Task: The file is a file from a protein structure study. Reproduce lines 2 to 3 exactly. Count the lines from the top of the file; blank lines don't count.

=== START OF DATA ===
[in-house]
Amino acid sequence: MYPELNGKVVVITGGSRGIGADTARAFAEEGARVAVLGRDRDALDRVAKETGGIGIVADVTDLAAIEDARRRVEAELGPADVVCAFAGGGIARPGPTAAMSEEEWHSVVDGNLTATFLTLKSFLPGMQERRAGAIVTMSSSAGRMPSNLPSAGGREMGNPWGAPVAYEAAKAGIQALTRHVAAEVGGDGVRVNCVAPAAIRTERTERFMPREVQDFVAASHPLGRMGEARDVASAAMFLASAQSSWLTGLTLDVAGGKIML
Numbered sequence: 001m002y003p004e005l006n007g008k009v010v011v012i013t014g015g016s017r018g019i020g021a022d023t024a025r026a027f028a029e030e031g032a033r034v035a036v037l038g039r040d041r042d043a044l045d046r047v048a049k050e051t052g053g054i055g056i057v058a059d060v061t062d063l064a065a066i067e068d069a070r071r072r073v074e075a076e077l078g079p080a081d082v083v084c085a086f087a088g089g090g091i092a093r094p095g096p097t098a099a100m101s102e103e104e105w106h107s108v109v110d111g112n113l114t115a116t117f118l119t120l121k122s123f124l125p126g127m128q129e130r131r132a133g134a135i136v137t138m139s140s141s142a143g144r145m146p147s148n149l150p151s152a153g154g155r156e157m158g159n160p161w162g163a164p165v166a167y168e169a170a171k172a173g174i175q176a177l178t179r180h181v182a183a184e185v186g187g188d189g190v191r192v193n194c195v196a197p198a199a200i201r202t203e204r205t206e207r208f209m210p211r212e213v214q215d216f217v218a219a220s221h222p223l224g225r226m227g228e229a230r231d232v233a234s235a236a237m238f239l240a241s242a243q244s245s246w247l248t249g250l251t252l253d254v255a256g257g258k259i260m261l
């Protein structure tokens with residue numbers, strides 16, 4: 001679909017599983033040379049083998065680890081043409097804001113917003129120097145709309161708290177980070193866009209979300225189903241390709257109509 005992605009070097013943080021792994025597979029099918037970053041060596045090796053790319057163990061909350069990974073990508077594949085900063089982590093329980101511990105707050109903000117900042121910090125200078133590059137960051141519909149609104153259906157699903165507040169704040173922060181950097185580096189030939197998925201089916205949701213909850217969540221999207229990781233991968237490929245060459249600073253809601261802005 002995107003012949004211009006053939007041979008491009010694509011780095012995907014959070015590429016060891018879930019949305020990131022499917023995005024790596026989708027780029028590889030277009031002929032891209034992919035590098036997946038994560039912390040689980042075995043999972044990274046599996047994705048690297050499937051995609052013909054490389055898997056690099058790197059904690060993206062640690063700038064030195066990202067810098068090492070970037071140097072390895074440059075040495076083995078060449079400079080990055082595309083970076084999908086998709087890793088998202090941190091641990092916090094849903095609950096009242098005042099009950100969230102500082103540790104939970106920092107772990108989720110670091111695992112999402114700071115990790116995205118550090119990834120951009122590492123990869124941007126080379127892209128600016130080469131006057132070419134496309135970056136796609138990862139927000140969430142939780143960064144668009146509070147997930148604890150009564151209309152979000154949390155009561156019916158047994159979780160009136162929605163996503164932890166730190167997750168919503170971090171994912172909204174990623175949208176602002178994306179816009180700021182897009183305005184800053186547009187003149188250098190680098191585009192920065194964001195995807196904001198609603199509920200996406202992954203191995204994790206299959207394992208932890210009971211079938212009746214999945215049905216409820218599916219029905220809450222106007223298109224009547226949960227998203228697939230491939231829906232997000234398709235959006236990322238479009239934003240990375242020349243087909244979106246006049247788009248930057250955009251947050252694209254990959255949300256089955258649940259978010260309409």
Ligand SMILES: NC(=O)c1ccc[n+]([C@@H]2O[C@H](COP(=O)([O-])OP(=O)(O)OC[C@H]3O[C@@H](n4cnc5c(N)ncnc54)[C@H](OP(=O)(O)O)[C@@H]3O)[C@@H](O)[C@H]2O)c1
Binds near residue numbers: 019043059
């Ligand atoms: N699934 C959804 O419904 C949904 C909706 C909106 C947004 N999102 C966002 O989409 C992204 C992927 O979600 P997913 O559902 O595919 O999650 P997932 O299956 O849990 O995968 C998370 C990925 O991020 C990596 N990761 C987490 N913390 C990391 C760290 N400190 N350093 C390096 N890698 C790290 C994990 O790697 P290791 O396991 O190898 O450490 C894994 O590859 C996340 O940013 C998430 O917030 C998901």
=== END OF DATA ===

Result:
Amino acid sequence: MYPELNGKVVVITGGSRGIGADTARAFAEEGARVAVLGRDRDALDRVAKETGGIGIVADVTDLAAIEDARRRVEAELGPADVVCAFAGGGIARPGPTAAMSEEEWHSVVDGNLTATFLTLKSFLPGMQERRAGAIVTMSSSAGRMPSNLPSAGGREMGNPWGAPVAYEAAKAGIQALTRHVAAEVGGDGVRVNCVAPAAIRTERTERFMPREVQDFVAASHPLGRMGEARDVASAAMFLASAQSSWLTGLTLDVAGGKIML
Numbered sequence: 001m002y003p004e005l006n007g008k009v010v011v012i013t014g015g016s017r018g019i020g021a022d023t024a025r026a027f028a029e030e031g032a033r034v035a036v037l038g039r040d041r042d043a044l045d046r047v048a049k050e051t052g053g054i055g056i057v058a059d060v061t062d063l064a065a066i067e068d069a070r071r072r073v074e075a076e077l078g079p080a081d082v083v084c085a086f087a088g089g090g091i092a093r094p095g096p097t098a099a100m101s102e103e104e105w106h107s108v109v110d111g112n113l114t115a116t117f118l119t120l121k122s123f124l125p126g127m128q129e130r131r132a133g134a135i136v137t138m139s140s141s142a143g144r145m146p147s148n149l150p151s152a153g154g155r156e157m158g159n160p161w162g163a164p165v166a167y168e169a170a171k172a173g174i175q176a177l178t179r180h181v182a183a184e185v186g187g188d189g190v191r192v193n194c195v196a197p198a199a200i201r202t203e204r205t206e207r208f209m210p211r212e213v214q215d216f217v218a219a220s221h222p223l224g225r226m227g228e229a230r231d232v233a234s235a236a237m238f239l240a241s242a243q244s245s246w247l248t249g250l251t252l253d254v255a256g257g258k259i260m261l